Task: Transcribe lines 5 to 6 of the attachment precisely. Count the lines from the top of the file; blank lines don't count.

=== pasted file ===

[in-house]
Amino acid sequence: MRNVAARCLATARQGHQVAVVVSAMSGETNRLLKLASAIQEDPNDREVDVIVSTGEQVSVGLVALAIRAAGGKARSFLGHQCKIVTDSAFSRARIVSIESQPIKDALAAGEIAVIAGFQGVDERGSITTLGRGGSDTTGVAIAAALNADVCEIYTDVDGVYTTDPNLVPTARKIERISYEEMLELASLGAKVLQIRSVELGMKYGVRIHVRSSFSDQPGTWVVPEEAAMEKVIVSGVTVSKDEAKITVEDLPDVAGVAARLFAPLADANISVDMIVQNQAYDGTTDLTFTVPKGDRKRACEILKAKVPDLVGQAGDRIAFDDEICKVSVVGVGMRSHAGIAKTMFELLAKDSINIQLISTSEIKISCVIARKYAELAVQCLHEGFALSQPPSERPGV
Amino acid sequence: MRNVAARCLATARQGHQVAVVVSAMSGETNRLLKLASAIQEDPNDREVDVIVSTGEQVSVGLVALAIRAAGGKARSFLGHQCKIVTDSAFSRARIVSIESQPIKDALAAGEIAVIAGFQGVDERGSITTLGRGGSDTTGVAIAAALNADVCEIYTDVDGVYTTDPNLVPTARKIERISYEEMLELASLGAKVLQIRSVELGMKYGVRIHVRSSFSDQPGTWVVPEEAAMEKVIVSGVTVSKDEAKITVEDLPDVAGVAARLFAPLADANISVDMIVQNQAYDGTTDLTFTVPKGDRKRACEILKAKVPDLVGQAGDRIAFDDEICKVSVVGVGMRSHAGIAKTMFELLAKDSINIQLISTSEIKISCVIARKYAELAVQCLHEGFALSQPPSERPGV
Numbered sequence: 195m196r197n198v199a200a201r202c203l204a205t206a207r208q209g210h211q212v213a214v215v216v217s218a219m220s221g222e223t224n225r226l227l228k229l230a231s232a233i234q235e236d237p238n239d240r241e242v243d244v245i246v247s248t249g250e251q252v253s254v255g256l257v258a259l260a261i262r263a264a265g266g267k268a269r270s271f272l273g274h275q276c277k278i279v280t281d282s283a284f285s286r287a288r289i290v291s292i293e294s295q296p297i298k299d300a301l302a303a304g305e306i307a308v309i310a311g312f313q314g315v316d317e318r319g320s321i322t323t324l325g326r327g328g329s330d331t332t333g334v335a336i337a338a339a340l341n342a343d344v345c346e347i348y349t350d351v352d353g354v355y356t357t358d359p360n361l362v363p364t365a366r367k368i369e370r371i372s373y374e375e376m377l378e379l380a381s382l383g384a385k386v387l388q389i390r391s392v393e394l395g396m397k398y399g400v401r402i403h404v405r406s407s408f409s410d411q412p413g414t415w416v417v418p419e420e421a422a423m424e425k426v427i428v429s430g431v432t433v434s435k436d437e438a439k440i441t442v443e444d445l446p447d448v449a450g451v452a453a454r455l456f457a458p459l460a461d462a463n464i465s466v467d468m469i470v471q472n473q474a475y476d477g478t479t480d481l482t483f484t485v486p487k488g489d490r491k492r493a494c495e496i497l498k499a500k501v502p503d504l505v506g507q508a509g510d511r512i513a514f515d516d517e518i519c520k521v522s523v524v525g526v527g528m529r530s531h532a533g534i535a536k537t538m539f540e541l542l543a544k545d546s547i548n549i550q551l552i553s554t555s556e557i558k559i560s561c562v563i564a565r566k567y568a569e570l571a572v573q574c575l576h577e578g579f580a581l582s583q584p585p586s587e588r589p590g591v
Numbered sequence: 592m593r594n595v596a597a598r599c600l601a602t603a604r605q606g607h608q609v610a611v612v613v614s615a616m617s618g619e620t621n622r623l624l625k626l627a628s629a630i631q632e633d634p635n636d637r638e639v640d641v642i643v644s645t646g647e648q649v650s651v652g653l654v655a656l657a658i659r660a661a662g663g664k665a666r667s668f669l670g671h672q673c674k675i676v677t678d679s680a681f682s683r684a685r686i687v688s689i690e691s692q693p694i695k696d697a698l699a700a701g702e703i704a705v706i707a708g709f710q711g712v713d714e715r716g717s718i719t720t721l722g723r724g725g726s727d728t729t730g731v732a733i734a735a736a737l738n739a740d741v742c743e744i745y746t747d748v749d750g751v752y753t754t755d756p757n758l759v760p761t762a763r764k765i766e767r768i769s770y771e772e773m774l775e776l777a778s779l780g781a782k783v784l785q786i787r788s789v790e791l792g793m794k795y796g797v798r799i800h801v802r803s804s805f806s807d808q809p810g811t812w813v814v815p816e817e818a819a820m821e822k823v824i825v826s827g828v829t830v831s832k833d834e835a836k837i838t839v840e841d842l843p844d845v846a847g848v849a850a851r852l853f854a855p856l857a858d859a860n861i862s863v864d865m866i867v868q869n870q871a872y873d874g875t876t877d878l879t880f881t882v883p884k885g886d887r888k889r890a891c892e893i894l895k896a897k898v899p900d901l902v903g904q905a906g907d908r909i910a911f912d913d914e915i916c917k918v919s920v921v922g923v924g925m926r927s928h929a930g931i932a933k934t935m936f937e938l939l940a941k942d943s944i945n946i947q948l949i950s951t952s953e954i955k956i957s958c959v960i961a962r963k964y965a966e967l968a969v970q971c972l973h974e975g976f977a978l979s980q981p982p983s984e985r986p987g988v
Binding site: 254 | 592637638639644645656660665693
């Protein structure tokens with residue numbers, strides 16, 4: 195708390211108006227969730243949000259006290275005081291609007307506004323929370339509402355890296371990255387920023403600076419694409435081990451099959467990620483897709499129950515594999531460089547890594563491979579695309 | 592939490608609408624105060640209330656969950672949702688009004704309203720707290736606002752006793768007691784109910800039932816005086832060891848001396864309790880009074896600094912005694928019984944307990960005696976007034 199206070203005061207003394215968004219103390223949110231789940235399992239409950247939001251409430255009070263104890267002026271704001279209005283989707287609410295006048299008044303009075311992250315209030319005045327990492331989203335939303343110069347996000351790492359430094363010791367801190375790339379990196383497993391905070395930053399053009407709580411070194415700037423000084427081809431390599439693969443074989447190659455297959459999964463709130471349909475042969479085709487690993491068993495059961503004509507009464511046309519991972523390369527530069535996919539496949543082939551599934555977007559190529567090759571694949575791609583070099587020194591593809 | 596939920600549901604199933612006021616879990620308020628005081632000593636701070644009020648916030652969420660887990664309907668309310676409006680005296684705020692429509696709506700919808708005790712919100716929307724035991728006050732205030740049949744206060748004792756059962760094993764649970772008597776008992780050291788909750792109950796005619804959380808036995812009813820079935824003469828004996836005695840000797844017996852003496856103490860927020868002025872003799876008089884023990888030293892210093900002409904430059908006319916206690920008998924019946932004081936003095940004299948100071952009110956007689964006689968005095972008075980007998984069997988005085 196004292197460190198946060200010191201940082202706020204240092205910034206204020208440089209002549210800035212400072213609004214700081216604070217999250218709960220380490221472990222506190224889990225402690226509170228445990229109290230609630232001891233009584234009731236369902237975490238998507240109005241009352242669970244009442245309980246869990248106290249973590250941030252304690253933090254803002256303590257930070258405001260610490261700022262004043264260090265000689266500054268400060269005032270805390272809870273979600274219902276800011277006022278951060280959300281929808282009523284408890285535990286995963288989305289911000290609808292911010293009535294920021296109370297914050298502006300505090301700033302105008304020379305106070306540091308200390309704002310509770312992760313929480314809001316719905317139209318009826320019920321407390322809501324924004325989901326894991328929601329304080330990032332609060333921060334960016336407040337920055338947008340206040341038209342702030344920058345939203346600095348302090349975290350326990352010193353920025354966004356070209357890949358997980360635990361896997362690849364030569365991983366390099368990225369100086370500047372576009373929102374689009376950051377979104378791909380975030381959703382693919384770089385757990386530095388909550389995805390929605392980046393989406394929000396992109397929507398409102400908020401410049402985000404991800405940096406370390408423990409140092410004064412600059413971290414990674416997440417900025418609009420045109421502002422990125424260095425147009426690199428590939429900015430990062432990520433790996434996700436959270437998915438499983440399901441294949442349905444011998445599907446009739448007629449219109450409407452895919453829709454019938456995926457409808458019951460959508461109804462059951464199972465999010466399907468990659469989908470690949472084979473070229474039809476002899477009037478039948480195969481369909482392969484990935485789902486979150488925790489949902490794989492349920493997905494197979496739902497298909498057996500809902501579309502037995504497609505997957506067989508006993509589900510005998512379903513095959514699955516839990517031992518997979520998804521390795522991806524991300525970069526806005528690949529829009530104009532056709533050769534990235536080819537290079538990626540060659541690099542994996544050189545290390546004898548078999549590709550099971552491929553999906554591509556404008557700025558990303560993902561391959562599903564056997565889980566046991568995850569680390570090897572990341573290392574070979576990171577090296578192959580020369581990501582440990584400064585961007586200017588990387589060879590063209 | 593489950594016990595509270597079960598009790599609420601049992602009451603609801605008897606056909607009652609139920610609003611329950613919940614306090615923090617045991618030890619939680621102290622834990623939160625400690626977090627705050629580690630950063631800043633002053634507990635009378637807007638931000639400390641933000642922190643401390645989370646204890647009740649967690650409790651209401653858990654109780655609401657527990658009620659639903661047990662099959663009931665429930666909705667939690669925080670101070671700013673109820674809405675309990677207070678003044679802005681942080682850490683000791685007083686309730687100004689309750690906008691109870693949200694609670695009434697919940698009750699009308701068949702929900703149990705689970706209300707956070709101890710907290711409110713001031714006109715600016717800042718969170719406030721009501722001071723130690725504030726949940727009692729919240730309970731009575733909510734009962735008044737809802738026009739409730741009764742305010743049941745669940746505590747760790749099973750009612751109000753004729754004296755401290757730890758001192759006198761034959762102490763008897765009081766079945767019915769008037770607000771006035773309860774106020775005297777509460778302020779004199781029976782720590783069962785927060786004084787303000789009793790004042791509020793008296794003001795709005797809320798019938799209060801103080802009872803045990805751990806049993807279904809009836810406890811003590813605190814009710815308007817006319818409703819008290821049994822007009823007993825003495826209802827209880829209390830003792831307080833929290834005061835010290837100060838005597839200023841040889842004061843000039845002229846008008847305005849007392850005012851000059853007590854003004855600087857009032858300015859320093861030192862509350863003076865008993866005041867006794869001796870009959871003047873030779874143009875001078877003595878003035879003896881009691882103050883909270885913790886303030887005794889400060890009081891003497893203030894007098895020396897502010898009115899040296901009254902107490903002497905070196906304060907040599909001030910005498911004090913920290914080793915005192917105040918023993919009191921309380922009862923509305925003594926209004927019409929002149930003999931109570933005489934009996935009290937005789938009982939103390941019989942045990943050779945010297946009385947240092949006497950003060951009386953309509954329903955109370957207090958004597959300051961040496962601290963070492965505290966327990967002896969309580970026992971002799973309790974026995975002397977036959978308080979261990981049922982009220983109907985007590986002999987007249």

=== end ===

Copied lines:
Numbered sequence: 592m593r594n595v596a597a598r599c600l601a602t603a604r605q606g607h608q609v610a611v612v613v614s615a616m617s618g619e620t621n622r623l624l625k626l627a628s629a630i631q632e633d634p635n636d637r638e639v640d641v642i643v644s645t646g647e648q649v650s651v652g653l654v655a656l657a658i659r660a661a662g663g664k665a666r667s668f669l670g671h672q673c674k675i676v677t678d679s680a681f682s683r684a685r686i687v688s689i690e691s692q693p694i695k696d697a698l699a700a701g702e703i704a705v706i707a708g709f710q711g712v713d714e715r716g717s718i719t720t721l722g723r724g725g726s727d728t729t730g731v732a733i734a735a736a737l738n739a740d741v742c743e744i745y746t747d748v749d750g751v752y753t754t755d756p757n758l759v760p761t762a763r764k765i766e767r768i769s770y771e772e773m774l775e776l777a778s779l780g781a782k783v784l785q786i787r788s789v790e791l792g793m794k795y796g797v798r799i800h801v802r803s804s805f806s807d808q809p810g811t812w813v814v815p816e817e818a819a820m821e822k823v824i825v826s827g828v829t830v831s832k833d834e835a836k837i838t839v840e841d842l843p844d845v846a847g848v849a850a851r852l853f854a855p856l857a858d859a860n861i862s863v864d865m866i867v868q869n870q871a872y873d874g875t876t877d878l879t880f881t882v883p884k885g886d887r888k889r890a891c892e893i894l895k896a897k898v899p900d901l902v903g904q905a906g907d908r909i910a911f912d913d914e915i916c917k918v919s920v921v922g923v924g925m926r927s928h929a930g931i932a933k934t935m936f937e938l939l940a941k942d943s944i945n946i947q948l949i950s951t952s953e954i955k956i957s958c959v960i961a962r963k964y965a966e967l968a969v970q971c972l973h974e975g976f977a978l979s980q981p982p983s984e985r986p987g988v
Binding site: 254 | 592637638639644645656660665693